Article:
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Pioneer preps notebook recordable DVD drive

The electronics maker expects to launch a recordable DVD drive for notebook PCs in the fourth quarter.

Culture

Pioneer Electronics is aiming to give the recordable DVD and PC markets a boost with a drive for notebooks.

The electronics maker expects to launch a recordable DVD drive for notebook PCs in the fourth quarter, according to Andy Parsons, senior vice president of sales and marketing at Pioneer. The drive will read and re-write DVD discs at 2X speed, record CDs at 16X speed and rewrite CDs at 10X speed.

Pioneer has been actively promoting recordable DVD as a feature that could help revitalize the slumping PC market.

"The cycle of replacing PCs every year has pretty much exhausted itself," Parsons said. "We think that digital video is the next frontier for the PC, because it requires a lot of memory, storage capacity and a pretty powerful processor to encode and decode video."

Yet standards are still a hot-button issue in the industry. Computer makers and consumers alike continue to be put off by the battle between the DVD Forum and the DVD+RW Alliance, two groups that are struggling over the creation of a recordable DVD standard.

DVD Forum members--including companies such as Apple Computer, Hitachi, NEC, Pioneer, Samsung and Sharp--advocate the DVD-RAM, DVD-R and DVD-RW formats. The DVD+RW Alliance, which includes companies such as Dell Computer, Hewlett-Packard and Philips, has thrown its support behind the DVD+RW format, which also features support for DVD+R.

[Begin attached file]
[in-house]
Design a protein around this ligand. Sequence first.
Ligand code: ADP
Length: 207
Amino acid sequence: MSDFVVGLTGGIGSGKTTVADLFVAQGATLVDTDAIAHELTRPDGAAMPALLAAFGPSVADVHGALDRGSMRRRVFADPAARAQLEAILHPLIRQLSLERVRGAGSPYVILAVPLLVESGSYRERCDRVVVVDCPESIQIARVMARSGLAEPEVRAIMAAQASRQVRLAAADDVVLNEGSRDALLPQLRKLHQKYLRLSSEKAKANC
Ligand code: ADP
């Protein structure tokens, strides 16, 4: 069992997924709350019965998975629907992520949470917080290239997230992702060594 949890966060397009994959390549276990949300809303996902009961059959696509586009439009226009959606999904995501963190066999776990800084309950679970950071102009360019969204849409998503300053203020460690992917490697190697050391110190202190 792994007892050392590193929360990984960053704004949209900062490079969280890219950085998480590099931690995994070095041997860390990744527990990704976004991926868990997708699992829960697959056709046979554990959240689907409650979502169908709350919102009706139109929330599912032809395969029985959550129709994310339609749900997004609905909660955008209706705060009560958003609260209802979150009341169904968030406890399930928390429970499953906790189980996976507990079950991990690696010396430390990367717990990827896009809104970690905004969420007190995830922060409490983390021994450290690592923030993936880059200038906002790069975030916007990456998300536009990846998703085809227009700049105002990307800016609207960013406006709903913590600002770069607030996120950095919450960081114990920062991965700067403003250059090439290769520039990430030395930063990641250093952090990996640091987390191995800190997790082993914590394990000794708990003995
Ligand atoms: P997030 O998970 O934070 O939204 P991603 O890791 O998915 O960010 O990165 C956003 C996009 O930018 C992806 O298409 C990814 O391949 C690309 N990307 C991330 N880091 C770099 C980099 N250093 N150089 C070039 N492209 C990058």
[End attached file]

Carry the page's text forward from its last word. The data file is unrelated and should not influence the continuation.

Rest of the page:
Parsons said that he expects the DVD Forum to approve a 4X DVD-R spec and a 2X DVD-RW specification next month. Pioneer will introduce products using the specifications by the fourth quarter. Apple, Sony, and Packard Bell NEC in Europe have used Pioneer's DVD-R/RW drive in systems in the past.

IDC analyst Wolfgang Schlichting said that although the new drive might make a splash initially, price will ultimately determine its popularity.

"The impact will likely be limited because of price points," Schlichting said. "Slim devices are usually quite expensive because you have to cram components into such as small space, but it will be good for publicity."

The majority of notebook PCs are found in the corporate world where the ability to record video is not a significant feature; the main battle will be for the home desktop PC, Schlichting said.

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